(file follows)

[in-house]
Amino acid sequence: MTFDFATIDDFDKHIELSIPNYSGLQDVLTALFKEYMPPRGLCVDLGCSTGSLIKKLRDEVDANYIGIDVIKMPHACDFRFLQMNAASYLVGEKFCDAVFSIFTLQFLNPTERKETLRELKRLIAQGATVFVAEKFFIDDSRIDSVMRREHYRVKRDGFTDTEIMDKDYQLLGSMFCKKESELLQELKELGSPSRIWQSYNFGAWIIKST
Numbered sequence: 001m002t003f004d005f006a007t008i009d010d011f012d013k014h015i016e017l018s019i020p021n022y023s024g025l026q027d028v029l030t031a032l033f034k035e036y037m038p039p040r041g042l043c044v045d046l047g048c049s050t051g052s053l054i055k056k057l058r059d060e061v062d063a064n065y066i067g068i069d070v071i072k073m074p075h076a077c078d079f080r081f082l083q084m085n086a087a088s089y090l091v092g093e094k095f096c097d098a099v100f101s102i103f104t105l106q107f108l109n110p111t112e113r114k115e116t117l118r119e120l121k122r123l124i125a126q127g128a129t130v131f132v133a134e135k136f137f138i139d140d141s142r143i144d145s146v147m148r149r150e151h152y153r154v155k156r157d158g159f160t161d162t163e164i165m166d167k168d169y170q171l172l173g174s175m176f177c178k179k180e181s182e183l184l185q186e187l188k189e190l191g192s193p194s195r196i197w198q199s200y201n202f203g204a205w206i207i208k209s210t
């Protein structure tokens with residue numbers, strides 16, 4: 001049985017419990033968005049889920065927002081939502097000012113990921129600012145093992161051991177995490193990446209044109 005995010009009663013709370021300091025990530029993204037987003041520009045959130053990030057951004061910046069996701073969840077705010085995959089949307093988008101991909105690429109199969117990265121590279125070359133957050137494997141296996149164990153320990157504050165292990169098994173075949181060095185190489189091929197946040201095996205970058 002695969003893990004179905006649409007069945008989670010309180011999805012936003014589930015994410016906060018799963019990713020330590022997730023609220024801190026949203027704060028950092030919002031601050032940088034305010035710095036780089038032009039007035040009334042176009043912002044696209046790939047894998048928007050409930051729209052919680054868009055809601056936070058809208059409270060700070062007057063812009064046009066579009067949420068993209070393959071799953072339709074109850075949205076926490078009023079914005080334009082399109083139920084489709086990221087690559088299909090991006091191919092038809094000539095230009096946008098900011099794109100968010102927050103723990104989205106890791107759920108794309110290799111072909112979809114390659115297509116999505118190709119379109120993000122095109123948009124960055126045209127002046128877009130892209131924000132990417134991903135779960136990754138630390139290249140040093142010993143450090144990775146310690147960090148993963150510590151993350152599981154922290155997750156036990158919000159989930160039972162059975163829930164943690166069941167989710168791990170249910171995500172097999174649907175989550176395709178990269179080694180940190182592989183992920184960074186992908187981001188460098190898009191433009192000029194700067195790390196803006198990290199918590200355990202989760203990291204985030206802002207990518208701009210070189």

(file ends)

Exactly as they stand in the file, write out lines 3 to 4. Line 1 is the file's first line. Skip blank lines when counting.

Numbered sequence: 001m002t003f004d005f006a007t008i009d010d011f012d013k014h015i016e017l018s019i020p021n022y023s024g025l026q027d028v029l030t031a032l033f034k035e036y037m038p039p040r041g042l043c044v045d046l047g048c049s050t051g052s053l054i055k056k057l058r059d060e061v062d063a064n065y066i067g068i069d070v071i072k073m074p075h076a077c078d079f080r081f082l083q084m085n086a087a088s089y090l091v092g093e094k095f096c097d098a099v100f101s102i103f104t105l106q107f108l109n110p111t112e113r114k115e116t117l118r119e120l121k122r123l124i125a126q127g128a129t130v131f132v133a134e135k136f137f138i139d140d141s142r143i144d145s146v147m148r149r150e151h152y153r154v155k156r157d158g159f160t161d162t163e164i165m166d167k168d169y170q171l172l173g174s175m176f177c178k179k180e181s182e183l184l185q186e187l188k189e190l191g192s193p194s195r196i197w198q199s200y201n202f203g204a205w206i207i208k209s210t
């Protein structure tokens with residue numbers, strides 16, 4: 001049985017419990033968005049889920065927002081939502097000012113990921129600012145093992161051991177995490193990446209044109 005995010009009663013709370021300091025990530029993204037987003041520009045959130053990030057951004061910046069996701073969840077705010085995959089949307093988008101991909105690429109199969117990265121590279125070359133957050137494997141296996149164990153320990157504050165292990169098994173075949181060095185190489189091929197946040201095996205970058 002695969003893990004179905006649409007069945008989670010309180011999805012936003014589930015994410016906060018799963019990713020330590022997730023609220024801190026949203027704060028950092030919002031601050032940088034305010035710095036780089038032009039007035040009334042176009043912002044696209046790939047894998048928007050409930051729209052919680054868009055809601056936070058809208059409270060700070062007057063812009064046009066579009067949420068993209070393959071799953072339709074109850075949205076926490078009023079914005080334009082399109083139920084489709086990221087690559088299909090991006091191919092038809094000539095230009096946008098900011099794109100968010102927050103723990104989205106890791107759920108794309110290799111072909112979809114390659115297509116999505118190709119379109120993000122095109123948009124960055126045209127002046128877009130892209131924000132990417134991903135779960136990754138630390139290249140040093142010993143450090144990775146310690147960090148993963150510590151993350152599981154922290155997750156036990158919000159989930160039972162059975163829930164943690166069941167989710168791990170249910171995500172097999174649907175989550176395709178990269179080694180940190182592989183992920184960074186992908187981001188460098190898009191433009192000029194700067195790390196803006198990290199918590200355990202989760203990291204985030206802002207990518208701009210070189």